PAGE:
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OFWs warned against ‘love scams’ as police crack down on predators

05 December 2019

By Daisy CL Mandap

Photo of the package the helper's online boyfriend was supposed to have sent from France

The red flag has again been raised on online love scams as a Filipina domestic worker nearly fell for a man who wooed her on messenger, and tried to make her pay US$800 for a supposed gift package he was sending from France on Nov. 27.

At about the same time, a transnational syndicate that swindled 139 women out of HK$34 million (US$4.34 million) in online romance scams in Hong Kong, Macau, Malaysia and Singapore was busted in a joint inter-country police operation.

The syndicate’s victims included 58 women in Hong Kong.  However, this number was just a small fraction of the number of similar cases reported in the city so far this year.
According to the police, 425 reports of online romance scams were reported in the first nine months of 2019 alone, in which swindlers managed to fleece their victims of HK$156.6 million.

The worst case involved a 53-year-old local woman who lost HK$28 million to her internet lover.

A Filipina domestic worker from Quarry Bay was among the lucky ones who wised up in time to avoid sending money to a man who wooed her relentlessly on messenger, then tried to make her pay for a gift package he was supposed to have sent her from France.
Facebook profile of the online lover 

According to the worker’s friend Jhona, the internet lover who used a Facebook account in the name of Stefan Mihai, initiated the chat via messenger. He reportedly wooed the helper non-stop for a week until she got hooked.

 “In short, na inlove agad ang friend ko in just one week. Ang pogi naman din kasi,” Jhona said in her post in the online Facebook group, Domestic Workers Corner.

Not long after, the guy dropped the trap. He said he was sending the helper a package containing all sorts of expensive goodies, and even went to the extent of sending her pictures and videos of the branded items that were supposedly packed inside.
But then came the deal. The swindler said the shipping cost was US$5,800. He said he paid US$5,000 upfront, but the helper as recipient needed to pay the remaining US$800 in line with FedEx regulations.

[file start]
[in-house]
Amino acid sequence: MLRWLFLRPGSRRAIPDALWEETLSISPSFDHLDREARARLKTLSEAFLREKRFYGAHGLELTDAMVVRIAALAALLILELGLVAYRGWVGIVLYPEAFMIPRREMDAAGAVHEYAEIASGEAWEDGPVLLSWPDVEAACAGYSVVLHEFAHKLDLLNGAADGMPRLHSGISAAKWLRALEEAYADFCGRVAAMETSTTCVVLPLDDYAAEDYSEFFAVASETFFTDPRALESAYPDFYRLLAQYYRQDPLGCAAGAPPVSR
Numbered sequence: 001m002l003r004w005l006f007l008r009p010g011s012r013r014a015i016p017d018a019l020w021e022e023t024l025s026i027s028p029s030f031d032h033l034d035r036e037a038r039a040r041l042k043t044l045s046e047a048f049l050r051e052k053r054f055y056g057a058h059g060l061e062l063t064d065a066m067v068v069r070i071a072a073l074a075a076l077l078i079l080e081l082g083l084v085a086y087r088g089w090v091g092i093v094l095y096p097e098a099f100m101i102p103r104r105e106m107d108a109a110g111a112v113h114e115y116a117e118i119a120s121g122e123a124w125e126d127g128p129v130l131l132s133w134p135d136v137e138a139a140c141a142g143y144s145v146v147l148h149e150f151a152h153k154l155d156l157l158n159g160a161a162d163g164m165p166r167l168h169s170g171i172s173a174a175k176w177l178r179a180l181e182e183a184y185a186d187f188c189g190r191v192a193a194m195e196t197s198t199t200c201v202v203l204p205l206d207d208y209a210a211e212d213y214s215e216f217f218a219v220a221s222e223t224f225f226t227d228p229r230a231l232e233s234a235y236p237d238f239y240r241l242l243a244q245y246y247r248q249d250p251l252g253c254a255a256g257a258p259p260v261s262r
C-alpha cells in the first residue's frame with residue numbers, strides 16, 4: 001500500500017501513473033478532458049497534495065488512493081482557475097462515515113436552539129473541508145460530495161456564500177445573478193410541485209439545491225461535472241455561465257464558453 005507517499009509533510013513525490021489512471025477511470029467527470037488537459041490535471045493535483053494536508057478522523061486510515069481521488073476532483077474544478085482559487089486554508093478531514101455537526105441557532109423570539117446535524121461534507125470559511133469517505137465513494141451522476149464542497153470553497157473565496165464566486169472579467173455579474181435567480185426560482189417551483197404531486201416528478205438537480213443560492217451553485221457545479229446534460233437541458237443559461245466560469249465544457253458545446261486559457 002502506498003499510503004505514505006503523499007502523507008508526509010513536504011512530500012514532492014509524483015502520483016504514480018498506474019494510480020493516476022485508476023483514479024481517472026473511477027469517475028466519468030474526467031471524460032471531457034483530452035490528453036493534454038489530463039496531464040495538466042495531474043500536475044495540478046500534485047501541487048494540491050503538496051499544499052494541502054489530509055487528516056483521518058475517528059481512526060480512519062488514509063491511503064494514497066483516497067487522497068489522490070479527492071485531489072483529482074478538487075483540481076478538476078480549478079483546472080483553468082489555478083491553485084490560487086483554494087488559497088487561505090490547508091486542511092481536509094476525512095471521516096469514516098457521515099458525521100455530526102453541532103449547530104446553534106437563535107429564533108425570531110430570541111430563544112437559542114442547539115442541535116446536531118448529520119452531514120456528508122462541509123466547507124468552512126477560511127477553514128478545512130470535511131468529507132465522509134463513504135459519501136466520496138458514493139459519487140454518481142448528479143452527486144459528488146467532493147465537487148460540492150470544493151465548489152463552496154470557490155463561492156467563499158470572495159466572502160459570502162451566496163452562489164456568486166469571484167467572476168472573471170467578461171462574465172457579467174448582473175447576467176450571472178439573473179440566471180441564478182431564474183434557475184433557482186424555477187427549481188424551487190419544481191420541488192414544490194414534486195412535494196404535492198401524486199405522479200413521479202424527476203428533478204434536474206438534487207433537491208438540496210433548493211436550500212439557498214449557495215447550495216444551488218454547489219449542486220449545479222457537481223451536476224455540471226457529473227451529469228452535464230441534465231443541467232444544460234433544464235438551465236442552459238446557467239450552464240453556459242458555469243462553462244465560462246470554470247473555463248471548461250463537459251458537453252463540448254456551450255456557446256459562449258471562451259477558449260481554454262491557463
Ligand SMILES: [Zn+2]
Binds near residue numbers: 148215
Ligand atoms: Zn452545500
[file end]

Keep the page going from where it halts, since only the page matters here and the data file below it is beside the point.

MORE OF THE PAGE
When the Filipina said she didn’t have that much money, her virtual lover said he put US$10,000 inside the package so she wouldn’t be burdened by the fee requirement.

Jhona said that was when her friend started having doubts, as she knew it was illegal to put cash in mailed packages. She called up FedEx and learned that what “Stefan” had said about her shouldering the rest of the shipping cost was not true.
Probably sensing that she had lost interest, another man with the Facebook profile name Avram Gheorge and who introduced himself as Stefan’s friend initiated a chat with the worker, and urged her to pay the US$800 so she could already claim her package.

When she said she was no longer interested, both men stopped communicating with her.
The sweetener: Supposed airway bill for the package addressed to the Filipina worker

Jhona said she posted the warning, along with photos supplied by her friend, to warn her fellow migrant workers against falling for love scams.

“Mahirap kumita ng dolyar, kaya huwag tayong paloloko sa kanila,” she said in her post.

That warning comes too late for hundreds of women in Hong Kong who have fallen for the scam over the years.

Police records show that last year, the romance peddlers netted HK$450 million from 596 victims. They included a 66-year-old businesswoman who was conned by an “engineer from Britain” out of HK$180 million, the biggest amount lost in the scam.

But the longest-running scam involved a finance manager who lost HK$14million over eight years to a con artist who posed as a British film director. In all those years, the victim never met her online boyfriend in person. – with a report from SCMP
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